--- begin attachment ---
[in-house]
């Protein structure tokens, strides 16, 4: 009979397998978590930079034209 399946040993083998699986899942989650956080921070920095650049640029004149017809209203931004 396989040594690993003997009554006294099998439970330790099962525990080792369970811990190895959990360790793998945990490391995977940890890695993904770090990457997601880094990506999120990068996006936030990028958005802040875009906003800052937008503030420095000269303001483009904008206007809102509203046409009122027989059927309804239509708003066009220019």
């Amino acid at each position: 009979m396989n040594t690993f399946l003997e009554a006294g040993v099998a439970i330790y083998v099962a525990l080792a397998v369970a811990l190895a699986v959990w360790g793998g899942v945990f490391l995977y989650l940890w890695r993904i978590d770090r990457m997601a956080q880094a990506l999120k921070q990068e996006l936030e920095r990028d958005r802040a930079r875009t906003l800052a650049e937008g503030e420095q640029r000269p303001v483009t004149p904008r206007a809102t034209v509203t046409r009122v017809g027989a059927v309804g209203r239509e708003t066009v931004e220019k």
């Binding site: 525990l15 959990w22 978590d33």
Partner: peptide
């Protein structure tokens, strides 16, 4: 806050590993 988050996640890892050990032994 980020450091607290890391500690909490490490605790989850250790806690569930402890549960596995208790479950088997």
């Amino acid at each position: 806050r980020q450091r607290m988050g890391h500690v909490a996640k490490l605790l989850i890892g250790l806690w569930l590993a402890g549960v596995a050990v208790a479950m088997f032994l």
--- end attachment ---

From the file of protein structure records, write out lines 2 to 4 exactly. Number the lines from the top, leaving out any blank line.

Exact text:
């Protein structure tokens, strides 16, 4: 009979397998978590930079034209 399946040993083998699986899942989650956080921070920095650049640029004149017809209203931004 396989040594690993003997009554006294099998439970330790099962525990080792369970811990190895959990360790793998945990490391995977940890890695993904770090990457997601880094990506999120990068996006936030990028958005802040875009906003800052937008503030420095000269303001483009904008206007809102509203046409009122027989059927309804239509708003066009220019």
């Amino acid at each position: 009979m396989n040594t690993f399946l003997e009554a006294g040993v099998a439970i330790y083998v099962a525990l080792a397998v369970a811990l190895a699986v959990w360790g793998g899942v945990f490391l995977y989650l940890w890695r993904i978590d770090r990457m997601a956080q880094a990506l999120k921070q990068e996006l936030e920095r990028d958005r802040a930079r875009t906003l800052a650049e937008g503030e420095q640029r000269p303001v483009t004149p904008r206007a809102t034209v509203t046409r009122v017809g027989a059927v309804g209203r239509e708003t066009v931004e220019k």
């Binding site: 525990l15 959990w22 978590d33």